Thursday, 13 May 2021

Generation economically ‘scarred’ by pandemic

Generation economically ‘scarred’ by pandemic

UNEMPLOYMENT among young people in South Oxfordshire has risen sharply during the coronavirus pandemic.

The number of 16- to 24-year-olds claiming job-related benefits has increased by more than 200 per cent in the past year.

Research by the Prince’s Trust shows that the under-25s account for three in five of the people who lost jobs during the crisis.

At the same time, many graduates who left university last summer have struggled to find work and this summer a fresh cohort of graduates will join the jobs market.

They include 24-year-old Ella Shearman, of Milton Close, Henley, who graduated from Kingston School of Art in June with the hope of realising her long-held ambition of a career in fashion.

Competitive to get into at the best of times, the industry is even tougher to find a job in as a result of covid.

“It’s really hard to get a job to start with, so graduating and hearing that no one is hiring is really scary and just doubles that feeling that there’s no place for you,” says Ella.

“My graduate show was cancelled and this is usually the first opportunity to get hired by talent scouts from the industry.

“With shops closed, the industry has been tightening its belt and with talk of a recession coming, jobs and opportunities just aren’t there. It’s all quite overwhelming really.” Ella, a former Trinity primary and Gillotts School pupil, is no stranger to work, having had her first job at 15.

“I did childminding twice a week and babysitting at weekends,” she says. “I have worked at the Bull on Bell Street and as a pattern-cutter for Collier & Robinson, who make regatta blazers. I love being busy.”

Even while at university, Ella juggled her studies with a part-time job at Waitrose.

“I love the socialisation that comes with work as well as the independence of being able to earn money to travel and see friends,” she says.

Ella studied English, biology, art and textiles at The Henley College before going to university. Her degree course took her to America and the Netherlands.

She says: “I was abroad for about nine months, first when I was studying in San Francisco, then five months in Amsterdam. It was the best year of my life.”

It was on her return to the UK last year and while studying for her final exams during the first national lockdown that Ella first began to feel the impact of the pandemic.

Unable to find a part-time job and struggling to pay her London rent, she applied for Universal Credit.

She says: “It felt so surreal that after all those years working towards my degree, this is what I was resorted to. The money took about two months to actually start coming through but when it did it really was a lifeline.”

Ella no longer qualifies for state support now she’s living back at home with her parents Richard and Rema and brothers Teal and Tait but says the support she has received from her family has been invaluable.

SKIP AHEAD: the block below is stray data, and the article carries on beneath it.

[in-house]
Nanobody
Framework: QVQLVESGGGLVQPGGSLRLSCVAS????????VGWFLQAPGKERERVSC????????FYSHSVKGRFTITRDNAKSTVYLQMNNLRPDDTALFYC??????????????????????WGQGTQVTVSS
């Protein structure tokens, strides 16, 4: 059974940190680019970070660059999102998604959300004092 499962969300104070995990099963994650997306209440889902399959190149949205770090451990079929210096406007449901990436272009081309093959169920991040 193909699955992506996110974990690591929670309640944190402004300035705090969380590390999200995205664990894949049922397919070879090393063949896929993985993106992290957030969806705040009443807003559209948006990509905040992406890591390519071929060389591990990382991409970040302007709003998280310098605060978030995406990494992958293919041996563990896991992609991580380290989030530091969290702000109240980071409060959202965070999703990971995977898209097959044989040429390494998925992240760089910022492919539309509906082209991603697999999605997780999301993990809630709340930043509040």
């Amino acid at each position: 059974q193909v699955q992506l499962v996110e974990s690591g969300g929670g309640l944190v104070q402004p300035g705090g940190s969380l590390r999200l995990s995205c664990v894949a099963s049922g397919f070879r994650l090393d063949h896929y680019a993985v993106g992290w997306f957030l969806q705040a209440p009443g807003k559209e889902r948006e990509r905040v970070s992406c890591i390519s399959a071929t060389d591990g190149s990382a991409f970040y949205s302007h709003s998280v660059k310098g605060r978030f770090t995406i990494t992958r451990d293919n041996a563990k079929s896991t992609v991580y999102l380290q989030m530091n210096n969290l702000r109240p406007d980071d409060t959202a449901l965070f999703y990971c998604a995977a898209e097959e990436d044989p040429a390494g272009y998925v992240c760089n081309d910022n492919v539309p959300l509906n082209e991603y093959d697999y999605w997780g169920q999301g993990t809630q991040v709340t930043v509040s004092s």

“I don’t know how I would have coped without them, even though I must drive my mum mad,” she says.

James Hudec has been applying for graduate jobs and professional trainee schemes in the data industry for more than a year — so far without success.

Born and bred in Henley, he attended Trinity, Gillotts and Sir William Borlase’s Grammar School in Marlow.

He studied science and maths at A-level before going on to the University of Exeter where he achieved a second class degree in physics last summer.

James, 22, says: “I’ve applied for more than 60 jobs and rarely even get a reply, let alone an offer of an interview. Employers are just inundated.”

He is now back living at home in Western Road with his parents Nick and Delia and younger brother Ed.

He previously worked as a waiter at Henley Royal Regatta and as a helper at the Henley Outdoor Playscheme.

More recently, he worked part-time at Phyllis Court Club until it closed for the third national lockdown.

“It takes its toll,” he says. “It’s not just the job situation, it’s the impact of the pandemic in other ways too.

“There have been long periods of low motivation and a lack of confidence as a result of these circumstances, not just for me but for young people more generally.”

Professor Lee Major, an associate of the London School of Economics and professor in social mobility, says the pandemic has hit the younger generation particularly hard.

He says: “Nothing’s as big as this has been seen since the Eighties.

“If you suffer unemployment when you’re relatively young in your career, it can have really big consequences for your future — we call it ‘economic scarring’.

“It means you’re less likely to earn as much on average and less likely to stay in jobs.”

Prof Major is backing calls for the Government to introduce a job guarantee scheme to help young people get their first step on the employment ladder.

He says: “The long-term costs of unemployment are so big.”

Prof Major adds that it’s a good idea for those waiting for a graduate-level job to take work at a more basic level.

“It still has lots of benefits,” he says. “Getting out and doing something is extremely important. You’ll learn something from whatever you do. All experience is valuable.”

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